Run your dishwasher with a full load only: Make the most efficient use of your dishwasher’s water consumption and run the dishwasher only when you have enough dirty dishes accumulated for a full load. You can also save water by scraping dishes instead of rinsing them before loading the dishwasher. Most dishwashers today can thoroughly clean dishes that have had food scraped, rather than rinsed, off — the wash cycle and detergent take care of the rest.
Wash your clothes in full loads and use cold water: Much like running the dishwasher with only a full load, washing clothing in full loads can save more than 3,400 gallons of water each year!
Take a Shower: Try a short shower instead of a bath. Taking a shower uses much less water than filling up a bathtub-a shower only uses 10 to 25 gallons of water, while a bath uses up to 70 gallons! Save even more water by keeping your shower under five minutes long — try timing yourself next time you hop in!
Install a low-flow showerhead: They don’t cost much, and the water and energy savings can quickly pay back your investment.
Don’t Flush It All Away: Toilets are responsible for about 40 percent of total indoor water use. If you have an older toilet, use a water-displacement device to reduce the amount of flow per flush. A plastic bottle filled with sand makes an easy DIY toilet modification. If you’re upgrading a bathroom, invest in a high-efficiency toilet.
Fix a leak: Small leaks can add up to gallons of water lost every day. Household leaks can waste more than 1 trillion gallons annually nationwide — that’s the equivalent of the annual household water use of more than 11 million homes! Common types of leaks found in the home are worn toilet flappers, dripping faucets, and other leaking valves. These types of leaks are often easily correctable, in many cases requiring only a few tools and hardware that can pay for themselves in water savings.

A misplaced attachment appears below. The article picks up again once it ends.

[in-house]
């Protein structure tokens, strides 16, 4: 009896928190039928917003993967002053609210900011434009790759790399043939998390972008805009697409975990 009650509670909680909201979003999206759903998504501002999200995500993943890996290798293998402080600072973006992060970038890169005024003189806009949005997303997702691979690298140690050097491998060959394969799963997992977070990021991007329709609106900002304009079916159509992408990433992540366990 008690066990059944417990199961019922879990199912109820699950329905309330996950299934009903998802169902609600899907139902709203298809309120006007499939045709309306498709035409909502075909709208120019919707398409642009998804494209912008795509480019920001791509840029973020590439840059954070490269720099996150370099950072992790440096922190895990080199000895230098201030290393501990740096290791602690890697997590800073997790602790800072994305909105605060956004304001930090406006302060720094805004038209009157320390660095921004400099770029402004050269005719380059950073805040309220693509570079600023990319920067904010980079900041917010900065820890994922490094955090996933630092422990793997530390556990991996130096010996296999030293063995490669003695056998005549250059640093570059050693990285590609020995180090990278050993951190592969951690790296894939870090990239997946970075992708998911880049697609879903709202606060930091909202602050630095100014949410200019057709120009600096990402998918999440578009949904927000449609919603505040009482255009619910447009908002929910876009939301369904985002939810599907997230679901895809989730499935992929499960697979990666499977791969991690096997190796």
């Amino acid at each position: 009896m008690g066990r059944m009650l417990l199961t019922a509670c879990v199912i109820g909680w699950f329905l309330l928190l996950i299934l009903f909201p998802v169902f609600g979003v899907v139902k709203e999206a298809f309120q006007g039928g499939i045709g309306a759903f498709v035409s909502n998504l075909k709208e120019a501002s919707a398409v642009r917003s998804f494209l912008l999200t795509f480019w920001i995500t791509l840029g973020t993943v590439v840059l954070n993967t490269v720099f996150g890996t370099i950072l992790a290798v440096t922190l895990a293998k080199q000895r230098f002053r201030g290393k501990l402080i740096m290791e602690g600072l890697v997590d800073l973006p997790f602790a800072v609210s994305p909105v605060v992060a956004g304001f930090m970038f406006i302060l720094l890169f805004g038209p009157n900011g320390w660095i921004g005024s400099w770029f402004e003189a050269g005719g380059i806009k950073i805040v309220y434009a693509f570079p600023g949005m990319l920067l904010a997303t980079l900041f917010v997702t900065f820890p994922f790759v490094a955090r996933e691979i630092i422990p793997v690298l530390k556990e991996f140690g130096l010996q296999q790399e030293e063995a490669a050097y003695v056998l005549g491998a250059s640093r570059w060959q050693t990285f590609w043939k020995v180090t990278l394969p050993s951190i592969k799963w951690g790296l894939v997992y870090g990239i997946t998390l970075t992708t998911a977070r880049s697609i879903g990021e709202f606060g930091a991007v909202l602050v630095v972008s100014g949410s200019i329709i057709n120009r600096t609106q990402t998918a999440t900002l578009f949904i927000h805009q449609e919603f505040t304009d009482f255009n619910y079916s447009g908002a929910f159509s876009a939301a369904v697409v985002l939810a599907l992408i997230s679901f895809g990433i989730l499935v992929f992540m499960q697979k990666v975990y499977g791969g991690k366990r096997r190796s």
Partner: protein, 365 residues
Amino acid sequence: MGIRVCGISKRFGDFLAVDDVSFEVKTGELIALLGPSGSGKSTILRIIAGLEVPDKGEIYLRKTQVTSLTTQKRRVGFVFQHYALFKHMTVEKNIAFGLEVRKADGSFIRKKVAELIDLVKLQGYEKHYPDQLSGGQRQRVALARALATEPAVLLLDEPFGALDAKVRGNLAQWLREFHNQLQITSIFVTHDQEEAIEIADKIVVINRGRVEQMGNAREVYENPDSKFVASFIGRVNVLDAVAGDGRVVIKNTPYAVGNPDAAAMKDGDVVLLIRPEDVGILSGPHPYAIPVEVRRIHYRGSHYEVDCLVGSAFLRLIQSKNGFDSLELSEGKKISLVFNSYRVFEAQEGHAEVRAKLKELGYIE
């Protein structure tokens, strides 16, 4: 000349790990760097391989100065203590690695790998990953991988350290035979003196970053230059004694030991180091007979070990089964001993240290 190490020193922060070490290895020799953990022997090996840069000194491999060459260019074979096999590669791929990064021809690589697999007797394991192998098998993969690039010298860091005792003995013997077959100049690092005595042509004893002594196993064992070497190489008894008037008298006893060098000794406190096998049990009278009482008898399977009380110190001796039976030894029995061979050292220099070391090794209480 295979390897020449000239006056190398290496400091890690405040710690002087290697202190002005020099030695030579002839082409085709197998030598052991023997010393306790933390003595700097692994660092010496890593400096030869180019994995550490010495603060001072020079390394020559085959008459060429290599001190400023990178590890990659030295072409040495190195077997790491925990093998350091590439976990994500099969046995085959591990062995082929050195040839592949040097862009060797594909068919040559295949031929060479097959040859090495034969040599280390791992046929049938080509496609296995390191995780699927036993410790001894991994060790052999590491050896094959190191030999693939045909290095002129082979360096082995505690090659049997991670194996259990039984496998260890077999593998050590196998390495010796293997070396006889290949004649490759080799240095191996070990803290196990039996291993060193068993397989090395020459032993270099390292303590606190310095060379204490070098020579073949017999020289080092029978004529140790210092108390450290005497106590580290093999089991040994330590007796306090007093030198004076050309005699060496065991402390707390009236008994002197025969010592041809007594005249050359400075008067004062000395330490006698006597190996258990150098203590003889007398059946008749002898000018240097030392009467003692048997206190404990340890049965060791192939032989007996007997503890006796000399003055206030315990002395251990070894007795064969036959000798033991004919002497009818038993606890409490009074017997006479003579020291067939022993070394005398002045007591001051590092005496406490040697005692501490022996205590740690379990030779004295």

Turn off the tap: Just by turning off the tap while you brush your teeth in the morning and before bedtime, you can save up to 8 gallons of water! Once you’ve got that down, look for creative ways to use less water, such as washing fruits and vegetables in a bowl instead of running the tap or keeping a pitcher of water in the refrigerator so kids and others can pour a cold glass without running the faucet first. When washing dishes by hand, don’t let the water run. Fill one basin with wash water and the other with rinse water.
Save that water: Collect shower water as the shower is warming up and while it is running. This water, as well as old bath water, can be reused to water indoor plants, wash animals or to flush a toilet.
Recycle water: Save old water from pet bowls, vase water, water bottles and more. Use it to water plants.
Make a rain barrel: Start saving whatever rainfall you get in a rain barrel connected to your gutters. Use it to water your garden and houseplants, and for outdoor cleaning purposes.
Let your grass grow: Taller grass preserves more soil moisture and needs less water. Leave your clippings where they fall to act as mulch.
Plant a Water-Wise Garden: Scale back on turf and opt for drought-tolerant, native plants. Trees, shrubs, and flowers should be suited to your region as well as to your yard’s microclimates. Plants’ needs vary, but a good general rule is to water deeply but less frequently.